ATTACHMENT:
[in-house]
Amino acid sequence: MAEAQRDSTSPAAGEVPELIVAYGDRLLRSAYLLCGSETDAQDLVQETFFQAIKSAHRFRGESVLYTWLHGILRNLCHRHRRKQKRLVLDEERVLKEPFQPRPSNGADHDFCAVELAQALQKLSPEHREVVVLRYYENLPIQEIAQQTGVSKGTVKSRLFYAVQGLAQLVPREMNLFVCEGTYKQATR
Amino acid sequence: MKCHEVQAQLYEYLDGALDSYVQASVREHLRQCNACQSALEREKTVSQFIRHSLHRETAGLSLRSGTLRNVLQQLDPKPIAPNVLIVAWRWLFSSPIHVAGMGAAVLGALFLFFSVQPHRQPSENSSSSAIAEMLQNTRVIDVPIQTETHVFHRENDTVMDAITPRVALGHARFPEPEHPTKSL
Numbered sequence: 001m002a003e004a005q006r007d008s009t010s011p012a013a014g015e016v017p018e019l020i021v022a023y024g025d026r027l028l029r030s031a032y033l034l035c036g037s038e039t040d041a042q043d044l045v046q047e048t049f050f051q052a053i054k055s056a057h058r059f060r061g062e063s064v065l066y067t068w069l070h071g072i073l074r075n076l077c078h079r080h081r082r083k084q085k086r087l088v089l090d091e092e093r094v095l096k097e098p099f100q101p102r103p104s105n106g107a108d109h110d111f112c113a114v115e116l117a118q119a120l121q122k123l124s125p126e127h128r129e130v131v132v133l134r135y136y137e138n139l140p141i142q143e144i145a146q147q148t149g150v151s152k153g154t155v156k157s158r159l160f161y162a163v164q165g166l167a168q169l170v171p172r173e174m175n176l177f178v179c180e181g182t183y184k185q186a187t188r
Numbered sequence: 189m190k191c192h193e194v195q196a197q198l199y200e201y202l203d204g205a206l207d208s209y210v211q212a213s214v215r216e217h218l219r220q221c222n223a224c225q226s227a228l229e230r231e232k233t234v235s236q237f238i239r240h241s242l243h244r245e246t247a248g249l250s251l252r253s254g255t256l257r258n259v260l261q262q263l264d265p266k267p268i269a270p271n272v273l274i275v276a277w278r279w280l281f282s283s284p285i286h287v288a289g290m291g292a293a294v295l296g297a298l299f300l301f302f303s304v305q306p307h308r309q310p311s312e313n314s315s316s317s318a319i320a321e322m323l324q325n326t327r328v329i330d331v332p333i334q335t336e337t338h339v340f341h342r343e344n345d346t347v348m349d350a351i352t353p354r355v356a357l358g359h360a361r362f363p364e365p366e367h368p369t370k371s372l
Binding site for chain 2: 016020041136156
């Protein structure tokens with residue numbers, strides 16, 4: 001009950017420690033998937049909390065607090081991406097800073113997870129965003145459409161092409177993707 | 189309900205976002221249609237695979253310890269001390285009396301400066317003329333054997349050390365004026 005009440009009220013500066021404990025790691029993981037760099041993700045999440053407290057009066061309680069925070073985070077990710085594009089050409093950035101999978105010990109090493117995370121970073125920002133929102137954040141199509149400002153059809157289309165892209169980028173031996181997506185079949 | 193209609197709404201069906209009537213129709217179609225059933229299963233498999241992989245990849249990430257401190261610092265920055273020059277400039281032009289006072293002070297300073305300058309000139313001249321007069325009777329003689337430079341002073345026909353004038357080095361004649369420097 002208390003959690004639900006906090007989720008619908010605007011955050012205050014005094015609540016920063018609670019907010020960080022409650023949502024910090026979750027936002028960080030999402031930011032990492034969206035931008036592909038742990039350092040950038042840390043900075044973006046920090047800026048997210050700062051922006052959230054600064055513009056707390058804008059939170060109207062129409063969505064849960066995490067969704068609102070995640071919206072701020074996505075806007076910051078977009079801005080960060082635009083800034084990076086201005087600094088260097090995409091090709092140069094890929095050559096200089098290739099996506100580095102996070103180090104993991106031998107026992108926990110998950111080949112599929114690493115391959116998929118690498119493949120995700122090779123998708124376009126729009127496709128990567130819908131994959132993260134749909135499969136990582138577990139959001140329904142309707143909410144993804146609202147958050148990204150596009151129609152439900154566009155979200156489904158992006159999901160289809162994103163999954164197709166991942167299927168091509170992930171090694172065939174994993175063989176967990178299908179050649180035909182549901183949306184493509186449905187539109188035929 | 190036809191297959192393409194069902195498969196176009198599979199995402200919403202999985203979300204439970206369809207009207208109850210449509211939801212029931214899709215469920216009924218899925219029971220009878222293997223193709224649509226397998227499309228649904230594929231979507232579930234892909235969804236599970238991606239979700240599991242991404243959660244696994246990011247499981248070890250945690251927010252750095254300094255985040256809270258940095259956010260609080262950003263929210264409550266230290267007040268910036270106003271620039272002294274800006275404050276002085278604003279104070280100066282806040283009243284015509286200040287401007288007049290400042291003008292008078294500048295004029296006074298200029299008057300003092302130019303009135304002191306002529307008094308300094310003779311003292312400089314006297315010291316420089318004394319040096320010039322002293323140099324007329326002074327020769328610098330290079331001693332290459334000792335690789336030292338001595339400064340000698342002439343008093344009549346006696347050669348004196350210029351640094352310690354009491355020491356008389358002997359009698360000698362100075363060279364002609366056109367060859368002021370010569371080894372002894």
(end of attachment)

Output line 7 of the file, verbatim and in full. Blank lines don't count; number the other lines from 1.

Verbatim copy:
């Protein structure tokens with residue numbers, strides 16, 4: 001009950017420690033998937049909390065607090081991406097800073113997870129965003145459409161092409177993707 | 189309900205976002221249609237695979253310890269001390285009396301400066317003329333054997349050390365004026 005009440009009220013500066021404990025790691029993981037760099041993700045999440053407290057009066061309680069925070073985070077990710085594009089050409093950035101999978105010990109090493117995370121970073125920002133929102137954040141199509149400002153059809157289309165892209169980028173031996181997506185079949 | 193209609197709404201069906209009537213129709217179609225059933229299963233498999241992989245990849249990430257401190261610092265920055273020059277400039281032009289006072293002070297300073305300058309000139313001249321007069325009777329003689337430079341002073345026909353004038357080095361004649369420097 002208390003959690004639900006906090007989720008619908010605007011955050012205050014005094015609540016920063018609670019907010020960080022409650023949502024910090026979750027936002028960080030999402031930011032990492034969206035931008036592909038742990039350092040950038042840390043900075044973006046920090047800026048997210050700062051922006052959230054600064055513009056707390058804008059939170060109207062129409063969505064849960066995490067969704068609102070995640071919206072701020074996505075806007076910051078977009079801005080960060082635009083800034084990076086201005087600094088260097090995409091090709092140069094890929095050559096200089098290739099996506100580095102996070103180090104993991106031998107026992108926990110998950111080949112599929114690493115391959116998929118690498119493949120995700122090779123998708124376009126729009127496709128990567130819908131994959132993260134749909135499969136990582138577990139959001140329904142309707143909410144993804146609202147958050148990204150596009151129609152439900154566009155979200156489904158992006159999901160289809162994103163999954164197709166991942167299927168091509170992930171090694172065939174994993175063989176967990178299908179050649180035909182549901183949306184493509186449905187539109188035929 | 190036809191297959192393409194069902195498969196176009198599979199995402200919403202999985203979300204439970206369809207009207208109850210449509211939801212029931214899709215469920216009924218899925219029971220009878222293997223193709224649509226397998227499309228649904230594929231979507232579930234892909235969804236599970238991606239979700240599991242991404243959660244696994246990011247499981248070890250945690251927010252750095254300094255985040256809270258940095259956010260609080262950003263929210264409550266230290267007040268910036270106003271620039272002294274800006275404050276002085278604003279104070280100066282806040283009243284015509286200040287401007288007049290400042291003008292008078294500048295004029296006074298200029299008057300003092302130019303009135304002191306002529307008094308300094310003779311003292312400089314006297315010291316420089318004394319040096320010039322002293323140099324007329326002074327020769328610098330290079331001693332290459334000792335690789336030292338001595339400064340000698342002439343008093344009549346006696347050669348004196350210029351640094352310690354009491355020491356008389358002997359009698360000698362100075363060279364002609366056109367060859368002021370010569371080894372002894």